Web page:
Wednesday, July 8, 2015

Gifts for Lukka for his 8th Birthday

Every year for both birthdays and Christmas gifts we do things pretty simply. Simply doesn't necessarily mean 'cheaply', because if we're only buying or making 3 items per child, we want them to be high quality. This post is about what we got for Lukka for his 8th birthday a few weeks ago, in case you have a child with a similar personality and are wondering what to get him or her for thoughtful gifts.

I am 95% sure my biggest Love Language is gifts, which mean I love getting gifts, and I spend a lot of time thinking about and finding a thoughtful gift for others. We like to keep the gift boundaries this way: Something to READ, something to WEAR, something to PLAY WITH. Although the lines blur every so often, boundaries help me scout out the best idea for the individual, and keep it within a normal budget. 

hike at Quarry Rock

The photo above is Lukka's something to WEAR. It's a hydration pack that I knew not only he would love, but is so, so practical for him and our family at large. I bought it at a garage sale for $25 with the tags still on it, and it's an Axiom brand. The closest thing online to it I could find was this

We are starting to go on harder and longer hikes and bike rides with the kids, and this hydration pack is the perfect size for Lukka, and roomy enough that he could grow into it and use it for a number of years until needing to size up. He can fill the water bladder himself (and was very proud to figure it out) and fill the rest with snacks. We love that he can now carry his own water and snacks without us shouldering the load. 

working with blueprints and pieces 

Lukka's book, or something to READ, was found on deep discount as well, at a homeschooling swap. It was also brand new and on sale for $5! This book is normally about $17 at Chapters, so I was pretty happy to find such a perfect gift for him for such a cheap price. The book is a mix of blueprints for projects, tips, information about the machines you make, and a container in the back of the book for all those pieces (see above). 

Lukka loved this gift as well and said a few times, "this book is perfect for me". Gotta' love that match! I was struggling to find a book he'd like that wouldn't be completely over his head or under his skill set with technology/building and that wouldn't cost $35 or more. This was such a great find and it helps me keep my perspective on thrifting: come with no expectations and you're pleasantly surprised.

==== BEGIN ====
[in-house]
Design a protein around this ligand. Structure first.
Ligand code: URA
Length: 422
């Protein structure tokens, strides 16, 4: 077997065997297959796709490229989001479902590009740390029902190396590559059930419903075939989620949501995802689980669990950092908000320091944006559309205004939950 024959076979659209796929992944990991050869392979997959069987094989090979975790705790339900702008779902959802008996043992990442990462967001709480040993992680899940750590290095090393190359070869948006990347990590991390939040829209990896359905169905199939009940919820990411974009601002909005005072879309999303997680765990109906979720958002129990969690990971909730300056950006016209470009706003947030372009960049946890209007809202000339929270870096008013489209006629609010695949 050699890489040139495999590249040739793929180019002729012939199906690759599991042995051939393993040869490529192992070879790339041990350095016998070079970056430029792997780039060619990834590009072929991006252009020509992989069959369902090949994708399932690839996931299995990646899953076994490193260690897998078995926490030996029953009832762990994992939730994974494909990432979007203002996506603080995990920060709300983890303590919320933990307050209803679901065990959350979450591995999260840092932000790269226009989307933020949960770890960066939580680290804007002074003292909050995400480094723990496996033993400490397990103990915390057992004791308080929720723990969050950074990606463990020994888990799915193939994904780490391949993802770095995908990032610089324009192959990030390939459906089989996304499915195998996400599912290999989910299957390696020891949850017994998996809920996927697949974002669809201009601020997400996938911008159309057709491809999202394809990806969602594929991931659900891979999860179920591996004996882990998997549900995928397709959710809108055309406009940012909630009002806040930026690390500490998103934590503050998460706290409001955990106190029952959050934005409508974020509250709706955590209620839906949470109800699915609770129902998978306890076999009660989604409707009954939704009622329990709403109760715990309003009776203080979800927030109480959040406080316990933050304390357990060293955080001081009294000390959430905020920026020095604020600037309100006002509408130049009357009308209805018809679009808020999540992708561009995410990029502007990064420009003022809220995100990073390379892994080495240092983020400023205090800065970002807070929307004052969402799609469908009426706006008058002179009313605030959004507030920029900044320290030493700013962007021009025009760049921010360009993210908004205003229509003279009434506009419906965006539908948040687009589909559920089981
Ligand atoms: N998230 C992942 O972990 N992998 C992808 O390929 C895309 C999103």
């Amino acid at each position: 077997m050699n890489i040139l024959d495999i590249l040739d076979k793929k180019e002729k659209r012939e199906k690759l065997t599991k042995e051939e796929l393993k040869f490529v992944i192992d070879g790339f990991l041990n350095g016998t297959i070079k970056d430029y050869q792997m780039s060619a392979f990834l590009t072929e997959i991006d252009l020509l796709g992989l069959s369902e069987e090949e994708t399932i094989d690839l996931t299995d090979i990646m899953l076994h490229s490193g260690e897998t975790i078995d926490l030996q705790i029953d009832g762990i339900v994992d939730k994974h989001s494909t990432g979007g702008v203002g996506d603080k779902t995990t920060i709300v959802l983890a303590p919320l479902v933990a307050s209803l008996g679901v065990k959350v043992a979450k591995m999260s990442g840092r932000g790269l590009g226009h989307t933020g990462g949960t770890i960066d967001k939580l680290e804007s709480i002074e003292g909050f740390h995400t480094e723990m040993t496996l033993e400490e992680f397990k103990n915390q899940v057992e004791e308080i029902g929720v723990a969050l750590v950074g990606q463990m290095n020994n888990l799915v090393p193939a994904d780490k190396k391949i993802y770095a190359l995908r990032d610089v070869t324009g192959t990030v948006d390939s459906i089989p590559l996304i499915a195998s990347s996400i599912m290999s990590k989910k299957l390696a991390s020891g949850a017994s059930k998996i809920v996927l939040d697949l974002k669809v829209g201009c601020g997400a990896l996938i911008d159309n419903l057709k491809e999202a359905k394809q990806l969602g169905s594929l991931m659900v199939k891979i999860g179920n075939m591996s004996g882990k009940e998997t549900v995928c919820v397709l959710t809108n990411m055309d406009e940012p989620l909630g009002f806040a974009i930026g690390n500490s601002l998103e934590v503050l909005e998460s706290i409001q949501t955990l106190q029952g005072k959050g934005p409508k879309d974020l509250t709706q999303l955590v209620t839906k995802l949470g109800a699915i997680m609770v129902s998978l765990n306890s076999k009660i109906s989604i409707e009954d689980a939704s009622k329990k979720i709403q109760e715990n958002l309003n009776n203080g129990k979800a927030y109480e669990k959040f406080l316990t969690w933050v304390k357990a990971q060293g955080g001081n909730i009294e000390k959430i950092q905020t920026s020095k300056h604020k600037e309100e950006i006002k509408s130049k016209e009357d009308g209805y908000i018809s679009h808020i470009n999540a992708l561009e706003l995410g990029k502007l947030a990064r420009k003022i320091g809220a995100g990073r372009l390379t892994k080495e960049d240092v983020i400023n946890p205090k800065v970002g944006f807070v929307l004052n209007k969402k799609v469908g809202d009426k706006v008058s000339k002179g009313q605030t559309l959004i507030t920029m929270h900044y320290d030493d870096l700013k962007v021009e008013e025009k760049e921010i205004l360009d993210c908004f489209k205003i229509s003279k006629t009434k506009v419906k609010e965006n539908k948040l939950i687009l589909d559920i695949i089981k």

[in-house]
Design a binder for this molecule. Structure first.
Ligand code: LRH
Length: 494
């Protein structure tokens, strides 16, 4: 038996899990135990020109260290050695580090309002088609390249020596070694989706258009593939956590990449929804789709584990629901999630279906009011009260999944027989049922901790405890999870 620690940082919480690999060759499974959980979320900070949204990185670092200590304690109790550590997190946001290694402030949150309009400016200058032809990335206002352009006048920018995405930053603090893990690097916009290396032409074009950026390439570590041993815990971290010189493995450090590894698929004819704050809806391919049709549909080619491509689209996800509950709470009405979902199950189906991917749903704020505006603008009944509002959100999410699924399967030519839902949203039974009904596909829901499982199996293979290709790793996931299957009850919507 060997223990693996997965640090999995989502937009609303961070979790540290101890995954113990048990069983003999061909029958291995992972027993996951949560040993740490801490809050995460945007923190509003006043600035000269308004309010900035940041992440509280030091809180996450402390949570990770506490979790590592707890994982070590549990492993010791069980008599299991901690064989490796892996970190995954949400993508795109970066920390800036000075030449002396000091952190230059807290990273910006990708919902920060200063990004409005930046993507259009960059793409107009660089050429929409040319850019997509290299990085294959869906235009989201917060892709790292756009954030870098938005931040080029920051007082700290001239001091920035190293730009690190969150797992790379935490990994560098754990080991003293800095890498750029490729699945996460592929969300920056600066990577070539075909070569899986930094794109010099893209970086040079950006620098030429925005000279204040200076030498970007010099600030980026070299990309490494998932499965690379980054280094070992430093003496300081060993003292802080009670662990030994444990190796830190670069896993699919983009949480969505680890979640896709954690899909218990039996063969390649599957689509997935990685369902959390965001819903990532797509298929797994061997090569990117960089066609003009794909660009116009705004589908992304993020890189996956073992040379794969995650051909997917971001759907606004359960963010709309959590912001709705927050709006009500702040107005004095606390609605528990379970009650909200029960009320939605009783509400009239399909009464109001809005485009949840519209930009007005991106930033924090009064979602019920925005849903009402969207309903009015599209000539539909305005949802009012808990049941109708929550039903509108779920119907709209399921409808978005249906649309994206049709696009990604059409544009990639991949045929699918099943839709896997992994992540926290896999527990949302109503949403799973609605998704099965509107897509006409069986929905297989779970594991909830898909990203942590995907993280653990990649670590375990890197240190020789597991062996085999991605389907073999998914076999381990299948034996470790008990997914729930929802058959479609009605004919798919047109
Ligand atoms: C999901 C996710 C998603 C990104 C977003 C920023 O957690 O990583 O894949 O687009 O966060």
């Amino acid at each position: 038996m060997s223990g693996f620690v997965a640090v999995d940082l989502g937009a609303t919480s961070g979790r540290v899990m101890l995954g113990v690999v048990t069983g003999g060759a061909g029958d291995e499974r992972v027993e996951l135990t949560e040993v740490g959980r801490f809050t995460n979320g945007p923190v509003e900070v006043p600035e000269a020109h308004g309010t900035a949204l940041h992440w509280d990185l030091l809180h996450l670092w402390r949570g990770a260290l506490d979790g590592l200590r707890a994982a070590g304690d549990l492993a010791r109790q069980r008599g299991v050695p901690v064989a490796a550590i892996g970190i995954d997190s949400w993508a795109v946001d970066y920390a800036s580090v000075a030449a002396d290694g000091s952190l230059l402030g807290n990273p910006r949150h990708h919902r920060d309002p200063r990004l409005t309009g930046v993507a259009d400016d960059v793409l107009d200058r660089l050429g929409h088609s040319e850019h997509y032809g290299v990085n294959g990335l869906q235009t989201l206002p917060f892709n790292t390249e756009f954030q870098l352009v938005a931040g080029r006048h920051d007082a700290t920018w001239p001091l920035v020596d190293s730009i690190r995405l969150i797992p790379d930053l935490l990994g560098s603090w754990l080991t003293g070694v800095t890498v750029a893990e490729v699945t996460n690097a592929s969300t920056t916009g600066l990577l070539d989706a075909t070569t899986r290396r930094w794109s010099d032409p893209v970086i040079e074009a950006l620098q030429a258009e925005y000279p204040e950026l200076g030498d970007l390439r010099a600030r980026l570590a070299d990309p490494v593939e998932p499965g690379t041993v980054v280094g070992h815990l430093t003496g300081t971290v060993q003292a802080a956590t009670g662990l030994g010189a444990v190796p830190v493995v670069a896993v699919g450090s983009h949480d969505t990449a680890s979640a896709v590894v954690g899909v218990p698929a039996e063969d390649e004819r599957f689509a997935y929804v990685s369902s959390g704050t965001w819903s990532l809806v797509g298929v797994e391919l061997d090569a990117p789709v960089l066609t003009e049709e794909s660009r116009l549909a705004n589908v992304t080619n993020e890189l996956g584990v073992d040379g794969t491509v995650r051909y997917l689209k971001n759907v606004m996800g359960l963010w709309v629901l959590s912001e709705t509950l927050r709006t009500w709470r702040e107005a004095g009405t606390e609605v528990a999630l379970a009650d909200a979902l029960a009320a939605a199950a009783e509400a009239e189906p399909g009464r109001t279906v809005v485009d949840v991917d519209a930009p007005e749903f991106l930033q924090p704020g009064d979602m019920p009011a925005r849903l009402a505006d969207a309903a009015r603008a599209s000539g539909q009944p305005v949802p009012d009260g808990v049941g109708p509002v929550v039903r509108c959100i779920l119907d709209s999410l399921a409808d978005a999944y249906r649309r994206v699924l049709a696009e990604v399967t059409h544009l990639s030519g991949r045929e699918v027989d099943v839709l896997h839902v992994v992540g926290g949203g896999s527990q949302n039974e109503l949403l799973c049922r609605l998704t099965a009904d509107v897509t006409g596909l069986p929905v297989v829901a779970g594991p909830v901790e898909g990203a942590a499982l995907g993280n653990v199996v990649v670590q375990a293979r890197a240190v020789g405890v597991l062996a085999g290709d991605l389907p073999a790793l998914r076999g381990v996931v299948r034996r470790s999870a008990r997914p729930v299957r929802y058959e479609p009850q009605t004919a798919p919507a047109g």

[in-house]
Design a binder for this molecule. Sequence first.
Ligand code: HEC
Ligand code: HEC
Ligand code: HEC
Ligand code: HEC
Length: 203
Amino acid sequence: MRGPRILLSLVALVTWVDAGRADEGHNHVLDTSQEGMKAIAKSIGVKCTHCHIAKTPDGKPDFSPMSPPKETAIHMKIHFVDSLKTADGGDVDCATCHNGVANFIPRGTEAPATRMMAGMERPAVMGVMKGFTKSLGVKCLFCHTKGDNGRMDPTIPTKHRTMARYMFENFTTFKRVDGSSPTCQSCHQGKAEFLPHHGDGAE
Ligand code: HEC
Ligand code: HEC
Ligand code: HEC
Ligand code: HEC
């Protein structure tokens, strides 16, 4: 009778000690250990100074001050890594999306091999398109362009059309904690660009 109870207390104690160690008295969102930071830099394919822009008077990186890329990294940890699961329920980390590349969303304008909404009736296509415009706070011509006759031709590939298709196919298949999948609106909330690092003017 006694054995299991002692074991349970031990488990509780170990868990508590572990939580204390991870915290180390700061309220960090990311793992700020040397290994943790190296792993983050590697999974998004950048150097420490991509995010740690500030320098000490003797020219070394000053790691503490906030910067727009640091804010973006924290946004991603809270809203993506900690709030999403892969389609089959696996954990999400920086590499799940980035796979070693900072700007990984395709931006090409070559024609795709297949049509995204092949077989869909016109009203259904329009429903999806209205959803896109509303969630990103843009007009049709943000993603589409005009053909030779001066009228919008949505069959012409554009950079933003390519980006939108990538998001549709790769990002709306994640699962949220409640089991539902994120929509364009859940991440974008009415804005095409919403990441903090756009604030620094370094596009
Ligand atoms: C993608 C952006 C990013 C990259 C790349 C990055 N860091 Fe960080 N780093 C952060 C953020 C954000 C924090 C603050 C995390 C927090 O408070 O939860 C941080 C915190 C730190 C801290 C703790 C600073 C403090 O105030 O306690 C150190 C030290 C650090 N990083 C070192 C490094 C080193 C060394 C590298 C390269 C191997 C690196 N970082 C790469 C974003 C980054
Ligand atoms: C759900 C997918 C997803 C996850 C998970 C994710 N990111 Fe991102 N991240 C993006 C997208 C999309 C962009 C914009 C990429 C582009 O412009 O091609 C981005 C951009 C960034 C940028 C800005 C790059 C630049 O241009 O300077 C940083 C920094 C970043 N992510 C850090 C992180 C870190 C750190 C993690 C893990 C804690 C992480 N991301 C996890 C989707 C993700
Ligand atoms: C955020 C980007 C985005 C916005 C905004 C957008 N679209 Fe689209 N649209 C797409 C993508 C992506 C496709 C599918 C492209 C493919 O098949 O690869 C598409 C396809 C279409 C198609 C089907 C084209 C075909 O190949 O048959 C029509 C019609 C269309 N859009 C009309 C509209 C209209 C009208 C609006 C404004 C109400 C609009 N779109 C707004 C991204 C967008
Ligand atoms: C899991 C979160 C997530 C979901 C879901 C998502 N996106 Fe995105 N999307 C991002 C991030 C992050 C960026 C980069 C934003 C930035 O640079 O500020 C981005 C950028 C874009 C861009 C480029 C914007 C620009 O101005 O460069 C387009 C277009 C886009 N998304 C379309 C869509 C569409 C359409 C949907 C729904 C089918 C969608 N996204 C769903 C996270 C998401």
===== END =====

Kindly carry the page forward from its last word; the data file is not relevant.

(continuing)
Celestron 70 mm Travel Telescope

This was the biggest gift of Lukka's, his "PLAY" portion, even though a nice telescope doesn't really get played with, it just gets used, and sometimes infrequently for the price tag. All together, these three items cost us about $100. Because we don't buy the kids gifts throughout the year, and we keep their parties to a frugal minimum, we feel that buying quality, lasting gifts is a good investment. 

Lukka had been asking for a telescope for about two years, though he really narrowed doing his desire this past year (for example, throughout the years he's generally asked for about 10 items, this year he asked for 3 from parents and grandparents). We got him this telescope from Amazon after reading a lot of really good reviews. He's already used it many times and we're very impressed with what kinds of detail we've seen on the moon. He enjoyed taking it to his great-grandparents in Peachland and sharing it with them, as well. This is a gift that I think he will also grow into and enjoy for years, maybe even decades, to come. 

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